– sensory adaptation
– example: wearing a watch
Introduction to Psychology, 7th Edition, Rod Plotnik
Module 5: Sensation
TOUCH (CONT.)
• Free nerve endings
– near bottom of the outer layer of skin
– have nothing protecting or surrounding them
• Pacinian corpuscle
– in fatty layer of skin
– largest touch sensor
– highly sensitive to touch
– responds to vibration and adapts very quickly
Introduction to Psychology, 7th Edition, Rod Plotnik
Module 5: Sensation
TOUCH (CONT.)
• Brain areas
– somatosensory cortex
– located in the parietal lobe
– transforms nerve impulses into sensations of
touch temperature, and pain
Introduction to Psychology, 7th Edition, Rod Plotnik
Module 5: Sensation
PAIN
• What causes pain?
– pain: unpleasant sensory and emotional
experience that may result from tissue damage,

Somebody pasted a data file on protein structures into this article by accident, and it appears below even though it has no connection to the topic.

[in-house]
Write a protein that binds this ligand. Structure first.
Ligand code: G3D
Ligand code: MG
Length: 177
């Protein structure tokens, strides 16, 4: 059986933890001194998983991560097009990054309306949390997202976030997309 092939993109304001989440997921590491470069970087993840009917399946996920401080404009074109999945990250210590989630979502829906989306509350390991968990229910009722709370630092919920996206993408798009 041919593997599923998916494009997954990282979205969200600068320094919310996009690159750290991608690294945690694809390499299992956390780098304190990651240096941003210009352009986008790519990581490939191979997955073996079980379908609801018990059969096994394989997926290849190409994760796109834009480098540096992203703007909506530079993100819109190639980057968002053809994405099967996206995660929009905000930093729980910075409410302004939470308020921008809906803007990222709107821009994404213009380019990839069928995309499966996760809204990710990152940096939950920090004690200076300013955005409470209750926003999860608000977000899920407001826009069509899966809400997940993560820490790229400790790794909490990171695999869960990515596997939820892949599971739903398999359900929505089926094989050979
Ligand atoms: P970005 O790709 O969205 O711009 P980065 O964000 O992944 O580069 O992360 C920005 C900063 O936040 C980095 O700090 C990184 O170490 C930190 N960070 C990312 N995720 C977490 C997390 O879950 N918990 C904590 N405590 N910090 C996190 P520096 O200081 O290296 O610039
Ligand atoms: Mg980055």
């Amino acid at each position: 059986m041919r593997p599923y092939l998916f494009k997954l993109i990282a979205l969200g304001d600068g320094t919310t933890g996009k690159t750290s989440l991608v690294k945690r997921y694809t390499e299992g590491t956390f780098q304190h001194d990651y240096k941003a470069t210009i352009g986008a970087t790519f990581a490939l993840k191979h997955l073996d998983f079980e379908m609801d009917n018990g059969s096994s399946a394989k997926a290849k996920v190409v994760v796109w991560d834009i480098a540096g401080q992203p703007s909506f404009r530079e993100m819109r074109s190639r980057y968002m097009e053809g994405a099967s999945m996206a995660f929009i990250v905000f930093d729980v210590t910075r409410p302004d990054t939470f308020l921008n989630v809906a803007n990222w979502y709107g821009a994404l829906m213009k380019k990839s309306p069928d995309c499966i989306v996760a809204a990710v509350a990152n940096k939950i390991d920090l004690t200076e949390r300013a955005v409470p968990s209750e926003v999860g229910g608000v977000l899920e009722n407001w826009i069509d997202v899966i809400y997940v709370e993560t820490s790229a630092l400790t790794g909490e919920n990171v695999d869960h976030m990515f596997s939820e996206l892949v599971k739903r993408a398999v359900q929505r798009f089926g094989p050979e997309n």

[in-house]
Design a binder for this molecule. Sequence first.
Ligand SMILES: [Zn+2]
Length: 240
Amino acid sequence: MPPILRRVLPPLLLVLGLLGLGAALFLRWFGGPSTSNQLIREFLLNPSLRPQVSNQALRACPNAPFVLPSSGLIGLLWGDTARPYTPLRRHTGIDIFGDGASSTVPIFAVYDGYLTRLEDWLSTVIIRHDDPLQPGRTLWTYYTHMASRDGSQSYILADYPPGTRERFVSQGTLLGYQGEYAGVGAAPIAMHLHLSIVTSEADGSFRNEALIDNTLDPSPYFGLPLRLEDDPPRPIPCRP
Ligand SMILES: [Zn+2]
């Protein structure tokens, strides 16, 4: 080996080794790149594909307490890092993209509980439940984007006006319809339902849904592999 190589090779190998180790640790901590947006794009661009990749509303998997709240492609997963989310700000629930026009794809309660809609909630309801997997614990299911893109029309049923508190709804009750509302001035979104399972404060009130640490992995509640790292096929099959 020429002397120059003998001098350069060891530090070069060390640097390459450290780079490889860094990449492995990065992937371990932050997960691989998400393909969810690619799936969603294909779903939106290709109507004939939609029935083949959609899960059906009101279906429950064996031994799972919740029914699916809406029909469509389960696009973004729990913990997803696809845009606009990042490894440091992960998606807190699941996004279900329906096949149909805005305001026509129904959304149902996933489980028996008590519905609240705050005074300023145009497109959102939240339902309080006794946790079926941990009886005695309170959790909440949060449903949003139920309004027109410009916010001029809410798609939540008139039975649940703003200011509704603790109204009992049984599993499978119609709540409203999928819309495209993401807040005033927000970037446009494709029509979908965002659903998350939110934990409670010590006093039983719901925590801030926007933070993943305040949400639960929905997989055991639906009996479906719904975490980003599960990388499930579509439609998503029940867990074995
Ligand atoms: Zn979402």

one’s thoughts or beliefs, or environmental
stressors
– pain results from many different stimuli
Introduction to Psychology, 7th Edition, Rod Plotnik
Module 5: Sensation
p112 BRAIN PAIN
Introduction to Psychology, 7th Edition, Rod Plotnik
Module 5: Sensation
PAIN (CONT.)
• How does the mind stop pain?
– gate control theory of pain
– nonpainful nerve impulses compete with pain
impulses in trying to reach the brain
– creates a bottleneck or neutral gate
– shifting attention or rubbing an injured area
decreases the passage of painful impulses
– result: pain is dulled
Introduction to Psychology, 7th Edition, Rod Plotnik
Module 5: Sensation
PAIN (CONT.)
• Endorphins
– chemicals produced by the brain and secreted in
response to injury or severe physical or
psychological stress
– pain reducing properties of endorphins are similar
to those of morphine
– brain produces endorphins in situations that evoke
great fear, anxiety, stress or bodily injury as well
as intense aerobic activity